How to find out what’s fair? Ask experienced investors. When I shopped around my “confidential” deal, all the entrepreneurs I took into my confidence took one look at my deal and said: “Yep. That’s fair.”
After you strike the right deal, don’t revisit it and wonder “what if”. Strike the deal; move on.
Investors are looking for positive vision and big profit forecasts
Guess what? Big numbers don’t impress investors. But realistic forecasts that are achievable can send them into a frenzy.
There are two phrases that completely turn me off when listening to a pitch from a company: “We’re going to be bigger than Google” (no you’re not) and “this is going to be a multi-million dollar business soon” (when?).
It is far more impressive to hear projections, time frames and strategies that are believable. So strip emotive language out of pitches and stick to the facts. Your passion for the business will still shine through.
(Oh and can I proffer one more expression that drives me nuts? “Blue sky”. What the hell does that mean?)
We don’t have any competitors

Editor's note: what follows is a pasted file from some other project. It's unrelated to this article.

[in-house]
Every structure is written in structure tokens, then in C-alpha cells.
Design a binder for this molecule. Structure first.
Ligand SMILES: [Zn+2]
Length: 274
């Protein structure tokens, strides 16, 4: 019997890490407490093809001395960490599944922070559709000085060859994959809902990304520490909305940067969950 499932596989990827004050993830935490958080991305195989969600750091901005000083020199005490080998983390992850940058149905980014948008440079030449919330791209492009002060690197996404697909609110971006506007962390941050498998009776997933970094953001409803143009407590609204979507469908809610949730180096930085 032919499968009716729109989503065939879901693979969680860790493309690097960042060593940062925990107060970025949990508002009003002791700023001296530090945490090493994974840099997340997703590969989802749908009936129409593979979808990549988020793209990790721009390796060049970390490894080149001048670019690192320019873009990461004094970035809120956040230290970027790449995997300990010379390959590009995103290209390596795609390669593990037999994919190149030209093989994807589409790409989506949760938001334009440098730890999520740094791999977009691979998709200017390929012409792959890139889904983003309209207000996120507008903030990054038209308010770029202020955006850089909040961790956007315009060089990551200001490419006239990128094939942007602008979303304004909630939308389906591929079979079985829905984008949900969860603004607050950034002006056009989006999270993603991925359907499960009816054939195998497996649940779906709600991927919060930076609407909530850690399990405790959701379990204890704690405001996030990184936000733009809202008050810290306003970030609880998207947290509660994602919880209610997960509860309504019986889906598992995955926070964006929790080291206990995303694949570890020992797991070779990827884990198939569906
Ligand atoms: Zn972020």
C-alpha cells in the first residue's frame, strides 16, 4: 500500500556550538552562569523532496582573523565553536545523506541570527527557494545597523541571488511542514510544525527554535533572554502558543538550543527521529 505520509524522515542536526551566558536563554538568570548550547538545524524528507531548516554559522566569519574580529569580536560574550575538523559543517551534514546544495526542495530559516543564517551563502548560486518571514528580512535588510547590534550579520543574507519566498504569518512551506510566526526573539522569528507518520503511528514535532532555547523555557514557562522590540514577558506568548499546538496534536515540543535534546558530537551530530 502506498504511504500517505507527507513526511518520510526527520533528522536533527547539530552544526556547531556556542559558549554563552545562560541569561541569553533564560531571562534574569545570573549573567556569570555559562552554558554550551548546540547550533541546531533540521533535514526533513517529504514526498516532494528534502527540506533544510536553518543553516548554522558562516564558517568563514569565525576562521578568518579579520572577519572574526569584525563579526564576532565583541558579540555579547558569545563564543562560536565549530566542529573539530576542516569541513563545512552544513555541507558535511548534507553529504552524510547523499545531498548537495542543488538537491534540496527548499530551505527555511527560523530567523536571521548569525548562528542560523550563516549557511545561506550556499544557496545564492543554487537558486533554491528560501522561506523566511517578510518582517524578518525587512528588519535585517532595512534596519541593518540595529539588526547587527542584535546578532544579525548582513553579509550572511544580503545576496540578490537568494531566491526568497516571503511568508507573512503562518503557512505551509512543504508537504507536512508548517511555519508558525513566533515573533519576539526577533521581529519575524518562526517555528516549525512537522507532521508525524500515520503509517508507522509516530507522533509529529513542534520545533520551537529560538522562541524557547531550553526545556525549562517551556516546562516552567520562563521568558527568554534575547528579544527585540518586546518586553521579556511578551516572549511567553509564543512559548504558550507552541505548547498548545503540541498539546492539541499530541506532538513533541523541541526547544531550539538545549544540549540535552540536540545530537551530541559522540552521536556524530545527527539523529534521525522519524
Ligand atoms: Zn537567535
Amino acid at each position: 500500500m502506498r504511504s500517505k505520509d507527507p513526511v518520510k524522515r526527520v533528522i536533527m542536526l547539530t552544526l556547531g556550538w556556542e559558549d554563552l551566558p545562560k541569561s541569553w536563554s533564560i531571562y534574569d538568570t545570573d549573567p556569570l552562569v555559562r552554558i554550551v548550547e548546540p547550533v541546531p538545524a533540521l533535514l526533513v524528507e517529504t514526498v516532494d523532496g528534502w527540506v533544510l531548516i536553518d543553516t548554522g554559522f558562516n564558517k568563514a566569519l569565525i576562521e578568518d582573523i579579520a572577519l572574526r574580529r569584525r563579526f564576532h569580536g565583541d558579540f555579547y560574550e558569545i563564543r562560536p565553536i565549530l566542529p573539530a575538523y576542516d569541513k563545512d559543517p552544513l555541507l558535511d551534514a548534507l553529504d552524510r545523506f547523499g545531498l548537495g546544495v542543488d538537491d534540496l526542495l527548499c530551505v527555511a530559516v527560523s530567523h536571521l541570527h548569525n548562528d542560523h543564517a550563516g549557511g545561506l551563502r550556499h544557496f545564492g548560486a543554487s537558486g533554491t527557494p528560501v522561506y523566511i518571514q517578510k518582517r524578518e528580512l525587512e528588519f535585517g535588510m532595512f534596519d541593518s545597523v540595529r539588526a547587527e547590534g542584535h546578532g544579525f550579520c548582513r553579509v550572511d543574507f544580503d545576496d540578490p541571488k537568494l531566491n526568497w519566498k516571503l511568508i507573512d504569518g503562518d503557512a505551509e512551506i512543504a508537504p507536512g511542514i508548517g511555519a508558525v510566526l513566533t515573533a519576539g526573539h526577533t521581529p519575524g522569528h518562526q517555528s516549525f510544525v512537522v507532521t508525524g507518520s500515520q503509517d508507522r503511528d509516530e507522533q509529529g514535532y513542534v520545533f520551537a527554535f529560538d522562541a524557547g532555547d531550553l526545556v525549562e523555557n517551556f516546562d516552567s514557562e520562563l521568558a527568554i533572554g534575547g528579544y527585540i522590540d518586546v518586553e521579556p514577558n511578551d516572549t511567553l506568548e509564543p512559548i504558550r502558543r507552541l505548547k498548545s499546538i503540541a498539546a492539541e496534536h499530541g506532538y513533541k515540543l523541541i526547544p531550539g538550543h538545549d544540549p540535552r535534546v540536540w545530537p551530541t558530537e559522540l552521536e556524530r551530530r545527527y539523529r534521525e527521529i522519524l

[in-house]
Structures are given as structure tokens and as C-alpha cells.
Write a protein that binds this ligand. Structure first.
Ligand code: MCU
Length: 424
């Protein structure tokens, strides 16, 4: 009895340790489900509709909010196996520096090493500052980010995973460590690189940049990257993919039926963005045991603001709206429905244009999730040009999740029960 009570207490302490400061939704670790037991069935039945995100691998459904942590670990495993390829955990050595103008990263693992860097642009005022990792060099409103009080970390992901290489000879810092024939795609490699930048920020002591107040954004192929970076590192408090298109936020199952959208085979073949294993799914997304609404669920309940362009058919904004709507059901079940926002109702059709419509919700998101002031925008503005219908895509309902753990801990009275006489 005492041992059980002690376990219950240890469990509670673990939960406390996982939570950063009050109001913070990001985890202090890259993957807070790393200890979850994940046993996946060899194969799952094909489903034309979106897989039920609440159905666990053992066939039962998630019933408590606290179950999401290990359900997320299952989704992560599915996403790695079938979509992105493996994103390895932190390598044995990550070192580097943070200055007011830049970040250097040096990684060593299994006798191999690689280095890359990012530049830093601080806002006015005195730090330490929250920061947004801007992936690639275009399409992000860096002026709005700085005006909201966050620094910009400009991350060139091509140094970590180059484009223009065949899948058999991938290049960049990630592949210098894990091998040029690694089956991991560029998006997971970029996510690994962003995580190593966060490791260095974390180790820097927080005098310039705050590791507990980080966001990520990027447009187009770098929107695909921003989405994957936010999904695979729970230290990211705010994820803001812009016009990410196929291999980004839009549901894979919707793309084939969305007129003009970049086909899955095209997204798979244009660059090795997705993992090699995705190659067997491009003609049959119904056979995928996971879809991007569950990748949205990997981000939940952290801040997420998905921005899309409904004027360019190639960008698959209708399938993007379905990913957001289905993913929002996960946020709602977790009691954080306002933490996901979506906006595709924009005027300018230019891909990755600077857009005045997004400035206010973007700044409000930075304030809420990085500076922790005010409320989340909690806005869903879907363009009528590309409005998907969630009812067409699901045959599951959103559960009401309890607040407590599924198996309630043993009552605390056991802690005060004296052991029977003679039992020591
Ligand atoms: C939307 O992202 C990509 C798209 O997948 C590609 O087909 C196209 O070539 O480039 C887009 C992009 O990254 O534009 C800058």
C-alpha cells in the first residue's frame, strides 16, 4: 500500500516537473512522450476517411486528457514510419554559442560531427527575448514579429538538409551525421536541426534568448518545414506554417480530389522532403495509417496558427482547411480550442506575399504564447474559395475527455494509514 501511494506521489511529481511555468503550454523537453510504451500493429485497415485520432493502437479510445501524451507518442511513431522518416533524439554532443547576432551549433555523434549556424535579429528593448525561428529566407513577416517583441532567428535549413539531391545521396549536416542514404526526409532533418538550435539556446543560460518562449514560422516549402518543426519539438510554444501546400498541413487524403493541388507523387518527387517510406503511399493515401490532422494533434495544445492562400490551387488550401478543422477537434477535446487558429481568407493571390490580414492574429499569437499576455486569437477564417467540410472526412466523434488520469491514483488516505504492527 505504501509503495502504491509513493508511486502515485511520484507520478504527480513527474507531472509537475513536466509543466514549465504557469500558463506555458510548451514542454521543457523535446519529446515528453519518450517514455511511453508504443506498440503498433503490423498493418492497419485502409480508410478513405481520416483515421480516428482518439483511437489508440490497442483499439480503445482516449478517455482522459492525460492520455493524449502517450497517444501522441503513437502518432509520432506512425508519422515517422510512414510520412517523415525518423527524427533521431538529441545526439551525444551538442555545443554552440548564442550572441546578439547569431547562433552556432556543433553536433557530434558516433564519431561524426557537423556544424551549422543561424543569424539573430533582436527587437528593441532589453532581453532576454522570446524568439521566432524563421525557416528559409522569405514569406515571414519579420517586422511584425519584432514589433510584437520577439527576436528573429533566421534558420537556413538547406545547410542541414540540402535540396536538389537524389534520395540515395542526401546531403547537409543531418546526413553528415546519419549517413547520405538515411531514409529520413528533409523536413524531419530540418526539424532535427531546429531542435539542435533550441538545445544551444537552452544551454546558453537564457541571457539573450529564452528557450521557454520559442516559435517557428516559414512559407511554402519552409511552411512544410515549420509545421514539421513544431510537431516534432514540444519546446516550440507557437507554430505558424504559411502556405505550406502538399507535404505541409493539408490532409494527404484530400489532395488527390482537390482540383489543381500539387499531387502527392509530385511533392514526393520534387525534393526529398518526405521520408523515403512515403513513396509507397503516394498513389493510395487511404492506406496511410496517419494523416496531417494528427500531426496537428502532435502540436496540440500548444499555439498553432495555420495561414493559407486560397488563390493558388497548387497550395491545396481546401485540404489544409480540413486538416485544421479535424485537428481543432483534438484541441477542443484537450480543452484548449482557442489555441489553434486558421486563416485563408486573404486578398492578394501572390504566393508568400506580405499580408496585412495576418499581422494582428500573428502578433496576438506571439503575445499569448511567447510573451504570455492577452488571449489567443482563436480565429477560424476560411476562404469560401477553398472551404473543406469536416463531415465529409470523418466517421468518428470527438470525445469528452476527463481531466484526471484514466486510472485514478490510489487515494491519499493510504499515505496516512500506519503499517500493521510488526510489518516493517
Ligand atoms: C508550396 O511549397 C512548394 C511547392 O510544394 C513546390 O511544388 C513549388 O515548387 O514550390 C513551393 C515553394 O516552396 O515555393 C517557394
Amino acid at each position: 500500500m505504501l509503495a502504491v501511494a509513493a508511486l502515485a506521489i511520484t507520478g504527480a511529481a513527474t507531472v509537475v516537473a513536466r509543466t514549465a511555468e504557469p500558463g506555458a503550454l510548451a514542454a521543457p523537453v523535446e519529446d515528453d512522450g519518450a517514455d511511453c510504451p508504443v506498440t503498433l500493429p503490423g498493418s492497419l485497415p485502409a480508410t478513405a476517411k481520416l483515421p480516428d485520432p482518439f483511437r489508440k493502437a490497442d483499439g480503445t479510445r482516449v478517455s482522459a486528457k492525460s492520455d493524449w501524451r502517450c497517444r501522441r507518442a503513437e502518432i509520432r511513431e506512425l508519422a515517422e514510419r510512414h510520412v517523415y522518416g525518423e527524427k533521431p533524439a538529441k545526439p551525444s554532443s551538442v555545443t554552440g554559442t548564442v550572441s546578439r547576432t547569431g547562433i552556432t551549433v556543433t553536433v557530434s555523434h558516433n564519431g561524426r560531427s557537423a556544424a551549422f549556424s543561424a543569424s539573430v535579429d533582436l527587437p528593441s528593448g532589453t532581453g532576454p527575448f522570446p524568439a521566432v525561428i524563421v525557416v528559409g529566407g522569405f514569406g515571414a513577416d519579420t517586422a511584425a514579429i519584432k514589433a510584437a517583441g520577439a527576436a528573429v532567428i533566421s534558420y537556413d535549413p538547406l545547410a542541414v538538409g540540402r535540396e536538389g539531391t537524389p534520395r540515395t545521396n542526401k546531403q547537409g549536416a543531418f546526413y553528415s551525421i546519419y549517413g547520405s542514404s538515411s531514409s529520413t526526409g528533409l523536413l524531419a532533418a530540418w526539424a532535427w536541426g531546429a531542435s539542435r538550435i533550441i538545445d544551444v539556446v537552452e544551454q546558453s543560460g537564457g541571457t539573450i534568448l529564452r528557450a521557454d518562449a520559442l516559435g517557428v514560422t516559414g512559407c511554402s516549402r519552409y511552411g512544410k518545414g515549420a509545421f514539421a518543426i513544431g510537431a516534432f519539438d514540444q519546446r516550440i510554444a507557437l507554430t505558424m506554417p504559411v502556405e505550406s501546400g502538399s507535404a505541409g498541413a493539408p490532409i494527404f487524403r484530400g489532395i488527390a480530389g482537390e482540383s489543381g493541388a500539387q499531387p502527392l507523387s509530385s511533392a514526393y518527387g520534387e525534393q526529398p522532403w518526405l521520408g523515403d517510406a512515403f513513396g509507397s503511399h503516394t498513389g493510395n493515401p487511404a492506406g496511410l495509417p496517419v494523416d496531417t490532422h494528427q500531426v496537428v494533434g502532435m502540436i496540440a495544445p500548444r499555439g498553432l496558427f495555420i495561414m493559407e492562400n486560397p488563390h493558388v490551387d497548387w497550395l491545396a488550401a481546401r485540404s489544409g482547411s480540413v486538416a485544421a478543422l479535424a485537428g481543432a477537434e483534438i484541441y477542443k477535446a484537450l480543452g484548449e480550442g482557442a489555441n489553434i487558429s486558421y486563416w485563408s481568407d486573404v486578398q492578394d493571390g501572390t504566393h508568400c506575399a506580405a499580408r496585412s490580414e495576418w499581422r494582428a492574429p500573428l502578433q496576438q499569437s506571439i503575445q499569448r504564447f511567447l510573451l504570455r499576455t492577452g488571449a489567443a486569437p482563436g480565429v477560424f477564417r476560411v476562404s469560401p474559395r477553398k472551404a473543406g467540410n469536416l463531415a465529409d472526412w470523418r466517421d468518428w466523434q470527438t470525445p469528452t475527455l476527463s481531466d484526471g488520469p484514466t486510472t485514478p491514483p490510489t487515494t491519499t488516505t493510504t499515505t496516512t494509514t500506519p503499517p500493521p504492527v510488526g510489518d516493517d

It is astonishing how many companies when asked about the competitive landscape report their company is so innovative that they have no competitors. If you truly believe this, then think about who your potential customers are using now.
If you do know who your competitors are, then build barriers to entry. Always have a competitive analysis. I recently sat in on a pitch for a product that was a great idea. But it was so easy to copy and the inventor, who had no competitors, had no barriers to entry. No one was interested.
Potential investors will steal my ideas
Several years ago I watched an inventor of a new hair dryer stand up before investors and get them so excited they were ready to have a fight over who would invest. Then he got to the end of the pitch and refused to show the prototype of the hair dryer.
There is nothing worse when trying to raise money than to come across suspicious founders who want to shroud the whole process in secrecy. After all, you are asking them for money.
Investors are only interested in money